Various antioxidants have been suggested for the treatment of intermittent claudication. However, a double-blind, placebo-controlled trial of 1,484 individuals with intermittent claudication found no benefit from vitamin E (50 mg daily), beta-carotene (20 mg daily), or a combination of the two.27
According to a few studies performed in Cuba, the sugarcane-derived substance policosanol is helpful for intermittent claudication.22, 23, 31 Numerous other Cuban studies reported that sugarcane policosanol lowers cholesterol. However, all these studies were performed by a single set of researchers, and they are financially connected to the product. Several independent studies that attempted to replicate the cholesterol related results failed to find benefit. For this reason, all claims associated with policosanol are in doubt.
See the full Policosanol article for more information.
Various herbs and supplements may interact adversely with drugs used to treat intermittent claudication. For more information on this potential risk, see the individual drug article in the Drug Interactions section of this database.
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4. Schweizer J, Hatmann C. Comparison of two dosages of Ginkgo biloba extract EGb 761 in patients with peripheral arterial occlusive disease Fontaine's Stage IIb. A randomized, double-blind, multicentric clinical trial. Arzneimittelforschung. 1999;49:900-904.
5. Sabba C, Berardi E, Antonica G, et al. Comparison between the effect of L-propionylcarnitine, L-acetylcarnitine and nitroglycerin in chronic peripheral arterial disease: a haemodynamic double blind echo-Doppler study. Eur Heart J. 1994;15:1348-1352.
6. Brevetti G, Diehm C, Lambert D. European multicenter study on propionyl-L-carnitine in intermittent claudication. J Am Coll Cardiol. 1999;34:1618-1624.
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8. Bolognesi M, Amodio P, Merkel C, et al. Effect of 8-day therapy with propionyl-L-carnitine on muscular and subcutaneous blood flow of the lower limbs in patients with peripheral arterial disease. Clin Physiol. 1995;15:417-423.
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12. Deckert J. Propionyl-L-carnitine for intermittent claudication. J Fam Pract. 1997;44:533-534.
13. Sabba C, Berardi E, Antonica G, et al. Comparison between the effect of L-propionylcarnitine, L-acetylcarnitine and nitroglycerin in chronic peripheral arterial disease: a haemodynamic double blind echo-Doppler study. Eur Heart J. 1994;15:1348-1352.
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18. Kiff RS, Quick CR. Does inositol nicotinate (Hexopal) influence intermittent claudication? A controlled trial. Br J Clin Pract. 1988;42:141-145.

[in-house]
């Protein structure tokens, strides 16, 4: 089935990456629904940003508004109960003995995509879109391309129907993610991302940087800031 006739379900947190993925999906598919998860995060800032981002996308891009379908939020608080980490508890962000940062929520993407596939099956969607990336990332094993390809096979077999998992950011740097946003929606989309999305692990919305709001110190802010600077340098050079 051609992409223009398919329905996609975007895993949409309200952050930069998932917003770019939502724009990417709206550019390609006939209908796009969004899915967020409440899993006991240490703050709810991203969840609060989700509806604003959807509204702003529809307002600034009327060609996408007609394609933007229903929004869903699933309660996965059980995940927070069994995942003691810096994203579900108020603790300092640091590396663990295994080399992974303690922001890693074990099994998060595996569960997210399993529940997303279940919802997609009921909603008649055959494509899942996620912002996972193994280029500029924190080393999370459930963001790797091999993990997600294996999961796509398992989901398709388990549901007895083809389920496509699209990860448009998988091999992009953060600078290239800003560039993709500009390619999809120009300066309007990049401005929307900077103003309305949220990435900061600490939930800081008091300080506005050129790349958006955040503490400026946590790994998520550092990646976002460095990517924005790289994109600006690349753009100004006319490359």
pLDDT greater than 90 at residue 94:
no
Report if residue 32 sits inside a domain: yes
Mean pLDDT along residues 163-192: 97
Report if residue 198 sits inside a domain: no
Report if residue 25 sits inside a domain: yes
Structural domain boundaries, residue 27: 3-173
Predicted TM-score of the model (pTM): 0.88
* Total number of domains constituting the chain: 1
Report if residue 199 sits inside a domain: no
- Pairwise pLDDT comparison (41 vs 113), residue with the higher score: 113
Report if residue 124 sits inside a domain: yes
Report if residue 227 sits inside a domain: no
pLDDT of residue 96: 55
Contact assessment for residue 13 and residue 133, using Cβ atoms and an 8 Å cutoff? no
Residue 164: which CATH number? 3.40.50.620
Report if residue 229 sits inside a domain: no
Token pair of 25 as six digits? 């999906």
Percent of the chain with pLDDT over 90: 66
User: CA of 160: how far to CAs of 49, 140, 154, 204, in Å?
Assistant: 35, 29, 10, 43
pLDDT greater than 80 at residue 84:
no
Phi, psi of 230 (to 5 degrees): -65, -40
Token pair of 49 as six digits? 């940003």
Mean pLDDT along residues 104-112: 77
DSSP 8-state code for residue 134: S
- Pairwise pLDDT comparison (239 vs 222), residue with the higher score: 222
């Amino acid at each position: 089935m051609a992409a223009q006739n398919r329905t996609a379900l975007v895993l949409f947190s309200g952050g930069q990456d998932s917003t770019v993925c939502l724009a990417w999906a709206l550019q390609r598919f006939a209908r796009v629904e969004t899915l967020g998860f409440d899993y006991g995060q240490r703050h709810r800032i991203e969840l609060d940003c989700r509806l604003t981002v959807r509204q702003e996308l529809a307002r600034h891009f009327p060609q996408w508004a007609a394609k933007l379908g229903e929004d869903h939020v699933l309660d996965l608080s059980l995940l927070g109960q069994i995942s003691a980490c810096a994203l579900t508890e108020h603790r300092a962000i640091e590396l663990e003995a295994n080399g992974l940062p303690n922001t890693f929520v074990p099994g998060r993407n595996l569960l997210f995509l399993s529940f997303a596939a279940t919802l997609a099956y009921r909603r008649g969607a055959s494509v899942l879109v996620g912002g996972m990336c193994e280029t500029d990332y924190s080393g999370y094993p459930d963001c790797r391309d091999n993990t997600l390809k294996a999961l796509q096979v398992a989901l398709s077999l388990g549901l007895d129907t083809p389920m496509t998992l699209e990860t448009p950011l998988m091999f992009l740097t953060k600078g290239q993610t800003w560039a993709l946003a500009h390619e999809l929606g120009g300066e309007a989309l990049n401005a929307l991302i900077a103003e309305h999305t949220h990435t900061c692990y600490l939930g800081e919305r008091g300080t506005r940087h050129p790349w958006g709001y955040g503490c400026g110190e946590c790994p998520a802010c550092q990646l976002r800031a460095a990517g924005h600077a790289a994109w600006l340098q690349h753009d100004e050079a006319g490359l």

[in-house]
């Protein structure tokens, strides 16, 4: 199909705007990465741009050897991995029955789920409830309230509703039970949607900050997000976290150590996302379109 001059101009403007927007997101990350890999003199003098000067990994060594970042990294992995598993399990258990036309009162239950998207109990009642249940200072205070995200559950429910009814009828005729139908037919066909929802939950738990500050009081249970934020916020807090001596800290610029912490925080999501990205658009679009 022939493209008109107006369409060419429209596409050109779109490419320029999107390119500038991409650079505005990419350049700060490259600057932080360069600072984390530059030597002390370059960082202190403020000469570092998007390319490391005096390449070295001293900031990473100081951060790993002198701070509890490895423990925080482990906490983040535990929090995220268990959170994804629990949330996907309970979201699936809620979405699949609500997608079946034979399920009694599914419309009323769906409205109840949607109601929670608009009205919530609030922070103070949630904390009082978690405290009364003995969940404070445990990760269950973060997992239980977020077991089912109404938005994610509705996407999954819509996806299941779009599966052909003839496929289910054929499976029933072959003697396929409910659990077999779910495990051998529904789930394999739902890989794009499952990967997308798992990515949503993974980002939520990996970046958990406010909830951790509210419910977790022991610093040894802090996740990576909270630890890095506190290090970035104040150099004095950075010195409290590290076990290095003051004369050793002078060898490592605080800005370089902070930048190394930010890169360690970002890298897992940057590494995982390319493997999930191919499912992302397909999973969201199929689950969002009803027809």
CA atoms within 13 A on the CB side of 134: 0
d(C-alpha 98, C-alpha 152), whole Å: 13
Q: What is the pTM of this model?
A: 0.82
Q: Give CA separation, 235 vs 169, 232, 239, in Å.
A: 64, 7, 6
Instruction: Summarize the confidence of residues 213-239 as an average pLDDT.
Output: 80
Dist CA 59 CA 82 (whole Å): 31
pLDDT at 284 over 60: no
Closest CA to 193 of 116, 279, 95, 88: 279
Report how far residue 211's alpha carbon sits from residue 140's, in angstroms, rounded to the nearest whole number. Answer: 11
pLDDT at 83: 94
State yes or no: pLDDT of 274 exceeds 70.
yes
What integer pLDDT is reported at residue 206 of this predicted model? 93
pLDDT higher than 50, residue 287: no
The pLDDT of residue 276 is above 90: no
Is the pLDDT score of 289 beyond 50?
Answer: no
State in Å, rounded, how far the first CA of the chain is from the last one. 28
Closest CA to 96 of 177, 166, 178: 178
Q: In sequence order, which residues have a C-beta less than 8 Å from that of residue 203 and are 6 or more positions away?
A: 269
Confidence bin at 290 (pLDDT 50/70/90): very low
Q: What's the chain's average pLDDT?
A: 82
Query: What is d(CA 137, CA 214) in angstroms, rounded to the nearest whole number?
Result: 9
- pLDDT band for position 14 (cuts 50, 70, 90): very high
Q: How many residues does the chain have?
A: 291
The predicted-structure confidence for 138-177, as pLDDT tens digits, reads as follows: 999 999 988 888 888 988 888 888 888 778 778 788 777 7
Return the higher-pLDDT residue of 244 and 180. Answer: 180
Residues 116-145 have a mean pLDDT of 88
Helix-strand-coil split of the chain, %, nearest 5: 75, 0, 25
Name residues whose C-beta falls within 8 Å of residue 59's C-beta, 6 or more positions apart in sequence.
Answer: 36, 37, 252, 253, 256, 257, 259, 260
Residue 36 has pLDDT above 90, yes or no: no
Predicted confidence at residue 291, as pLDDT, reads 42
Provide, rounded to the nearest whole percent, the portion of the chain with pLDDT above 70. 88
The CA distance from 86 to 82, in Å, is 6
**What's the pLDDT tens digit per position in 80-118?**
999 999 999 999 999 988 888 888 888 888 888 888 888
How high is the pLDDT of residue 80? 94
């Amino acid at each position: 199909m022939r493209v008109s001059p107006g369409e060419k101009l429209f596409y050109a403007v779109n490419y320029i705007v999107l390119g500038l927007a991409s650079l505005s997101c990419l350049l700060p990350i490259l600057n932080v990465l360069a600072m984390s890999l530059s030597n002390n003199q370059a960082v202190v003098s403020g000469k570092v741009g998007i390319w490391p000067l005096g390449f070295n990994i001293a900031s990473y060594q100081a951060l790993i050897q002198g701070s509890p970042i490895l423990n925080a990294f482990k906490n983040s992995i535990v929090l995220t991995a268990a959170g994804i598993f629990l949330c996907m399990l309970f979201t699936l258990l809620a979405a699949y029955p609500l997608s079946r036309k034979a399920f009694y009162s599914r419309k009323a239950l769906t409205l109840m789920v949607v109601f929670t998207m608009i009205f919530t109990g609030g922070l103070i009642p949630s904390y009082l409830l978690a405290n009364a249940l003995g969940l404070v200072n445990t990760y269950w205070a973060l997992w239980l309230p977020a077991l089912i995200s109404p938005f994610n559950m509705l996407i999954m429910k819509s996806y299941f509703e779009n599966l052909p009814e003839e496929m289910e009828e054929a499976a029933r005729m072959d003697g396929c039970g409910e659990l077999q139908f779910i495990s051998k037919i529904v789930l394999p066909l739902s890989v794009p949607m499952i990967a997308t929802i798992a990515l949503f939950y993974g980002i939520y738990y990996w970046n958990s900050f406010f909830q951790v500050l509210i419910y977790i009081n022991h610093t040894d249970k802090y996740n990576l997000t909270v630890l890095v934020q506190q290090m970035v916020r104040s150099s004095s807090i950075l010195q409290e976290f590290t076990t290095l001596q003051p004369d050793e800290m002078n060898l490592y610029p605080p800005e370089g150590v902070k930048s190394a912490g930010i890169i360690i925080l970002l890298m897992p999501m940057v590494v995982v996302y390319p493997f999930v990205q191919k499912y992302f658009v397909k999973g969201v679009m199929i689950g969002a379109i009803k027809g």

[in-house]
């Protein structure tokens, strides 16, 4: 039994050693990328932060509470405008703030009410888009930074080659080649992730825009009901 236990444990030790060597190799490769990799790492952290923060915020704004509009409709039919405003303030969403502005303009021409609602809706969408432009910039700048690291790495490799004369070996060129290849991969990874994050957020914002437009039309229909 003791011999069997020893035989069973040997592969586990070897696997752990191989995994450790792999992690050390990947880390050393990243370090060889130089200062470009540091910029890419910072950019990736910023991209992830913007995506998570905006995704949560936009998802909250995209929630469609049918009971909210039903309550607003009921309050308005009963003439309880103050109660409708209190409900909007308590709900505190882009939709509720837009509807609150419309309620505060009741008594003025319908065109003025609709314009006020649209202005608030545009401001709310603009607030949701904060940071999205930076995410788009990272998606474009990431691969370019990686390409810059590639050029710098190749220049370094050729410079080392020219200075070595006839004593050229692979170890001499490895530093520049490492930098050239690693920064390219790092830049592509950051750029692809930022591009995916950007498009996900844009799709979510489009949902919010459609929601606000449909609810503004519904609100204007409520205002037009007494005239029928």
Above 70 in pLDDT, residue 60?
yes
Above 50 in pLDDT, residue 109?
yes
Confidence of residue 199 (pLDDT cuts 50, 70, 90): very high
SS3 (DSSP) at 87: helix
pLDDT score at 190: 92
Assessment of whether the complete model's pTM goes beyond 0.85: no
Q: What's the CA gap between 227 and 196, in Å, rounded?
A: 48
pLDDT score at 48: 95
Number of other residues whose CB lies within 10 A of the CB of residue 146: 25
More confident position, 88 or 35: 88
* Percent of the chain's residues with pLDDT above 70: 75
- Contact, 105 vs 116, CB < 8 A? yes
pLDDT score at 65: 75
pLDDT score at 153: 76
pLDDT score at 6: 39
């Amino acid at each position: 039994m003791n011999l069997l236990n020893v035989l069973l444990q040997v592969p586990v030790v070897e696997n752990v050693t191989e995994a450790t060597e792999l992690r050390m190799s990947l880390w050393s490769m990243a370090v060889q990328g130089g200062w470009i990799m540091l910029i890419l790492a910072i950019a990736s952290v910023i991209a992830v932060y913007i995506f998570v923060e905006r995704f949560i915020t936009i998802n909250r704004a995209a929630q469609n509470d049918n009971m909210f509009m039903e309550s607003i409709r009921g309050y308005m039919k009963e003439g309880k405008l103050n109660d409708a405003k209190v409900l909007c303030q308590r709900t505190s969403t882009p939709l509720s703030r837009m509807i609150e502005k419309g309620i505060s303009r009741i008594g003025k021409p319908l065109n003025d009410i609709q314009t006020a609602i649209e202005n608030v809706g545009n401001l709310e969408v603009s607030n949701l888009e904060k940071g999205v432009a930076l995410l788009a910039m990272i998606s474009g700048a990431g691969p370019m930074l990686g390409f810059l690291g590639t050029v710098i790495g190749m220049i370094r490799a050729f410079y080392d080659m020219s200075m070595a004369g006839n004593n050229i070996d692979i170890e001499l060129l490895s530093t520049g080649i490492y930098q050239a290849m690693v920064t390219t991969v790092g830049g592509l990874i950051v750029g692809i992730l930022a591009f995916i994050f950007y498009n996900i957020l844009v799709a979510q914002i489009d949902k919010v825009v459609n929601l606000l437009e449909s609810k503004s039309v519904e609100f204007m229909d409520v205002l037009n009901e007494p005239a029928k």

19. Head A. Treatment of intermittent claudication with inositol nicotinate. Practitioner. 1986;230:49-54.
20. Tyson VCH. Treatment of intermittent claudication. Practitioner. 1979;223:121-126.
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22. Castano G, Mas Ferreiro R, Fernandez L, et al. A long-term study of policosanol in the treatment of intermittent claudication. Angiology. 2001;52:115-125.
23. Castano G, Mas R, Roca J, et al. A double-blind, placebo-controlled study of the effects of policosanol in patients with intermittent claudication. Angiology. 1999;50:123-130.
24. Arruzazabala ML, Valdes S, Mas R, et al. Effect of policosanol successive dose increases on platelet aggregation in healthy volunteers. Pharmacol Res. 1996;34:181-185.
25. Arruzazabala ML, Valdes S, Mas R, et al. Comparative study of policosanol, aspirin and the combination therapy policosanol-aspirin on platelet aggregation in healthy volunteers. Pharmacol Res. 1997;36:293-297.
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27. Tornwall ME, Virtamo J, Haukka JK, et al. The effect of alpha-tocopherol and beta-carotene supplementation on symptoms and progression of intermittent claudication in a controlled trial. Atherosclerosis. 1999;147:193-197.
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30. Boger RH, Bode-Boger SM, Thiele W, et al. Restoring vascular nitric oxide formation by L-arginine improves the symptoms of intermittent claudication in patients with peripheral arterial occlusive disease. J Am Coll Cardiol. 1998;32:1336-1344.
31. Castano G, Mas R, Fernandez L, et al. Effects of policosanol and lovastatin in patients with intermittent claudication: a double-blind comparative pilot study. Angiology. 2003;54:25-38.
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35. Gardner CD, Taylor-Piliae RE, Kiazand A, et al. Effect of Ginkgo biloba (EGb 761) on treadmill walking time among adults with peripheral artery disease: a randomized clinical trial. J Cardiopulm Rehabil Prev. 2008;28:258-265.
36. Nicolai S, Kruidenier LM, Bendermacher B, Prins MH, Teijink J. Ginkgo biloba for intermittent claudication. Cochrane Database of Systematic Reviews. 2009;CD006888.
37. Pittler MH, Ernst E. Ginkgo biloba extract for the treatment of intermittent claudication: a meta-analysis of randomized trials. Am J Med. 2000 Mar;108(4):276-281.
Last reviewed December 2015 by EBSCO CAM Review Board
Last Updated: 12/15/2015